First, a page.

'Why waste public money on cases pending for ages'

'Why waste public money on cases pending for ages'

The High Court on Friday asked the Bruhat Bangalore Mahanagara Palike (BBMP) why it was wasting public money on lawyers representing it in various petitions pending before lower courts for years. 

Hearing a suo motu petition on noise pollution and a related matter on building bylaw violations, the court asked the BBMP counsel what the lawyers appearing for the Palike in the Karnataka Appellant Tribunal (KAT) were doing. 

A division bench comprising Chief Justice D H Waghela and Justice B V Nagarathna came down heavily on the counsel for the BBMP and asked why non-maintainable suits before civil courts had not been disposed of. “What are the advocates waiting for? If they are not working, they should be removed. Public money must not be wasted on those persons who are not performing their duties,” the bench observed. 

The Amicus curiae, Shashikiran Shetty, informed the court that 1,624 cases were pending before the KAT since 2003 and that no stay or status quo orders had been issued in at least 576 cases. The bench directed the counsel for the BBMP to get the head of the Palike’s legal cell appear before the court in the next hearing on April 1.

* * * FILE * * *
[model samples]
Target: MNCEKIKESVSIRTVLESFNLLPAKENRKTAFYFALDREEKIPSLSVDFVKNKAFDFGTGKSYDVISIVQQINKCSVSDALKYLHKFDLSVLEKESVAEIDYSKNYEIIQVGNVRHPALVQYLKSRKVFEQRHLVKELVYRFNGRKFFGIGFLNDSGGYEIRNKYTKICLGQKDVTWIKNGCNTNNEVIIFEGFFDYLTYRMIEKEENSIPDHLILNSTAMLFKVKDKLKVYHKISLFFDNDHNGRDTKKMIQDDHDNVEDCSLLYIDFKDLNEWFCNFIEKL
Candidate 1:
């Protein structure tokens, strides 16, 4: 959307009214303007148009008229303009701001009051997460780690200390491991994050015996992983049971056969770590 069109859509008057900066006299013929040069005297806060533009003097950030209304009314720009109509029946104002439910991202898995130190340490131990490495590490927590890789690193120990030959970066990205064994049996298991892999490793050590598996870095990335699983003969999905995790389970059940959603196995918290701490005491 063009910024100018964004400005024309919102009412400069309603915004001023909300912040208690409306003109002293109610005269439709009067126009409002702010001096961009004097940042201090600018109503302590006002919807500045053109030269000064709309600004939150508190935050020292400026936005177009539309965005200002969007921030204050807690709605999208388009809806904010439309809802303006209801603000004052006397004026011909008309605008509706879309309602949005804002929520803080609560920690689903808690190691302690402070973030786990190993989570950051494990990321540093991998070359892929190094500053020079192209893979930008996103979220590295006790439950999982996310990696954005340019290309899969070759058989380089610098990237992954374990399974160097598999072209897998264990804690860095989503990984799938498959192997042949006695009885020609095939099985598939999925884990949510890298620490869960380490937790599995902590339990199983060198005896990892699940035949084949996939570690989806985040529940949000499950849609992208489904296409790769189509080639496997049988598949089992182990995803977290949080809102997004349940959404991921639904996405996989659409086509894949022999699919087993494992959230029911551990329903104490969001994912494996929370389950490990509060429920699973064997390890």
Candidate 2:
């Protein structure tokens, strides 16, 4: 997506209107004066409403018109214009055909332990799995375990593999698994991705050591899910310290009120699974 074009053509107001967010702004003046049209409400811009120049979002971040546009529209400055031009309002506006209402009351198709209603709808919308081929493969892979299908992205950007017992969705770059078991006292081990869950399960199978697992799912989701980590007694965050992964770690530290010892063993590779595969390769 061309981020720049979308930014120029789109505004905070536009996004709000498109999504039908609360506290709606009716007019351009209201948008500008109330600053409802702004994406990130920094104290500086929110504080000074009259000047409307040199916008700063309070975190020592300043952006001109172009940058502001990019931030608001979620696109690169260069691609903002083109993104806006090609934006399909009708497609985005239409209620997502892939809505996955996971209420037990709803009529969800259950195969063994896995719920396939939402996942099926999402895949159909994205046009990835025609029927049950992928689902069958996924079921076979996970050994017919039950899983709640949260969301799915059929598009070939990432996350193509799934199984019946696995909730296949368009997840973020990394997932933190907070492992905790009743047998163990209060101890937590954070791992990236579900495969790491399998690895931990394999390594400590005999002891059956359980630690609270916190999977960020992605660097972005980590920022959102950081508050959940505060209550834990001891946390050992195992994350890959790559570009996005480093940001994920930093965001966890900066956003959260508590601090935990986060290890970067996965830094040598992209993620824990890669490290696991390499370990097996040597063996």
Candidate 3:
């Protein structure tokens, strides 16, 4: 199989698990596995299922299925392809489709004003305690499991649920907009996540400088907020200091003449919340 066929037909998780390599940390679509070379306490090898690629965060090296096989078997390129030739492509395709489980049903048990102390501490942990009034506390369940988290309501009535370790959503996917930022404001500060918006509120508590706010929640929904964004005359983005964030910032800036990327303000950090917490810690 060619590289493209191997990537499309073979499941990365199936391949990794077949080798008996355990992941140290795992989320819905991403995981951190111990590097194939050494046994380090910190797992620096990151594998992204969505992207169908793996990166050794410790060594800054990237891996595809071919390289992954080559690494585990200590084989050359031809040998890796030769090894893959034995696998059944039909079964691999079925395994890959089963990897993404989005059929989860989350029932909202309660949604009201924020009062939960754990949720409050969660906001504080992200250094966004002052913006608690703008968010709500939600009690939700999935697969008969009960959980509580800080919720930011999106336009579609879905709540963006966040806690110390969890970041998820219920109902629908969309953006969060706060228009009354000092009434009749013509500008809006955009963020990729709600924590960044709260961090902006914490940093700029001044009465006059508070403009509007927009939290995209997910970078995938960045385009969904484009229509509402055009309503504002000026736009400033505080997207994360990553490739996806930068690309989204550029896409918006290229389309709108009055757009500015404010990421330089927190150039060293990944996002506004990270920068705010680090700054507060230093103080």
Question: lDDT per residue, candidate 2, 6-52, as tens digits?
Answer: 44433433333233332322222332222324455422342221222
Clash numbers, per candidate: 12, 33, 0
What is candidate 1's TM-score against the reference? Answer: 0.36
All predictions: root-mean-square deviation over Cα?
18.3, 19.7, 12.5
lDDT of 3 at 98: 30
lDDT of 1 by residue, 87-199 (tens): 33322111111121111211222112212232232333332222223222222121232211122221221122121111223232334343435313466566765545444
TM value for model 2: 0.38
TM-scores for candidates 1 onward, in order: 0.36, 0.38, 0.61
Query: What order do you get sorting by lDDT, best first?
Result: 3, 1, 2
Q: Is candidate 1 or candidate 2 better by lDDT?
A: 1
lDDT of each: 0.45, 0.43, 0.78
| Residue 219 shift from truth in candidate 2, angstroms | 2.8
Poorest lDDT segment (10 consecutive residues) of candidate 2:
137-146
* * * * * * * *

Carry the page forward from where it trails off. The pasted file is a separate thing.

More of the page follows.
Amicus Curiae for the suo motu petitioner on noise pollution, B V Vidyulatha, submitted that motorists sound horn not just due to traffic but also because animals are let loose on roads. The bench then remarked that Bangalore was the most polluted and dirtiest city which also faced water scarcity now. 

The court asked the BBMP why it was not able to take action, and give necessary instructions to the police and the Karnataka State Pollution Control Board to reduce noise levels. It observed that any infrastructure project must be planned for the next half century and not just for the next six months. 

RTE admission

The High Court on Friday ordered that notices be issued to Srivani Education Centre, Bangalore, as well as the State government on a petition by 14 toddlers whom the institution denied admission to Lower Kindergarten (LKG) under the Right of Children to Free and Compulsory Education (RTE) Act, 2009. 

Justice Ananda Byrareddy gave the order on a petition by D Ashish Birav and 13 other toddlers. The petitioners stressed that they belonged to the backward classes, and the selection committee had recommended their names to the Block Education Officer (BEO). But the school principal did not take any action and denied them admission to the LKG under the RTE Act. 

The petitioners have also contended that the said school had not been categorised as a linguistic minority institution by the competent authority, hence it could not deny admission. 

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